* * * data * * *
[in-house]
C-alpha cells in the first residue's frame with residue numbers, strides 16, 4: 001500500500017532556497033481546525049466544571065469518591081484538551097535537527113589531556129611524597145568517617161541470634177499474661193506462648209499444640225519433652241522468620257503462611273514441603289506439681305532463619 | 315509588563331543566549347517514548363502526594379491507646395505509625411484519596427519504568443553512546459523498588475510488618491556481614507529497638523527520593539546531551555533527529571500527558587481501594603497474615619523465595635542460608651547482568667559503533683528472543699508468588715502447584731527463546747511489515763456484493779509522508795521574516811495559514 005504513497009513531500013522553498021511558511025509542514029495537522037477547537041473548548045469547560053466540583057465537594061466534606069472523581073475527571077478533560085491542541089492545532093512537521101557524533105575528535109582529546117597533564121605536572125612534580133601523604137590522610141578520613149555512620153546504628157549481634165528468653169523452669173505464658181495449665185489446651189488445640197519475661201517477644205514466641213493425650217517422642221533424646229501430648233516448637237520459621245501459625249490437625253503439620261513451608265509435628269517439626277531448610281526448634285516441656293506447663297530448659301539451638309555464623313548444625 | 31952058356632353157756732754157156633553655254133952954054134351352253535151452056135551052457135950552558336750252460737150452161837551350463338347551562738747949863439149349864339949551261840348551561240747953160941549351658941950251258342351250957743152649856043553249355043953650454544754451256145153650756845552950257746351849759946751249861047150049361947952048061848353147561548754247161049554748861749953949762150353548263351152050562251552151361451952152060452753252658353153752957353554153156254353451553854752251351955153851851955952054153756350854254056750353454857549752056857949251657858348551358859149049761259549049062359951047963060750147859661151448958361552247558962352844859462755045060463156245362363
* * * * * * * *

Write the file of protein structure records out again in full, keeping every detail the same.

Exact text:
[in-house]
C-alpha cells in the first residue's frame with residue numbers, strides 16, 4: 001500500500017532556497033481546525049466544571065469518591081484538551097535537527113589531556129611524597145568517617161541470634177499474661193506462648209499444640225519433652241522468620257503462611273514441603289506439681305532463619 | 315509588563331543566549347517514548363502526594379491507646395505509625411484519596427519504568443553512546459523498588475510488618491556481614507529497638523527520593539546531551555533527529571500527558587481501594603497474615619523465595635542460608651547482568667559503533683528472543699508468588715502447584731527463546747511489515763456484493779509522508795521574516811495559514 005504513497009513531500013522553498021511558511025509542514029495537522037477547537041473548548045469547560053466540583057465537594061466534606069472523581073475527571077478533560085491542541089492545532093512537521101557524533105575528535109582529546117597533564121605536572125612534580133601523604137590522610141578520613149555512620153546504628157549481634165528468653169523452669173505464658181495449665185489446651189488445640197519475661201517477644205514466641213493425650217517422642221533424646229501430648233516448637237520459621245501459625249490437625253503439620261513451608265509435628269517439626277531448610281526448634285516441656293506447663297530448659301539451638309555464623313548444625 | 31952058356632353157756732754157156633553655254133952954054134351352253535151452056135551052457135950552558336750252460737150452161837551350463338347551562738747949863439149349864339949551261840348551561240747953160941549351658941950251258342351250957743152649856043553249355043953650454544754451256145153650756845552950257746351849759946751249861047150049361947952048061848353147561548754247161049554748861749953949762150353548263351152050562251552151361451952152060452753252658353153752957353554153156254353451553854752251351955153851851955952054153756350854254056750353454857549752056857949251657858348551358859149049761259549049062359951047963060750147859661151448958361552247558962352844859462755045060463156245362363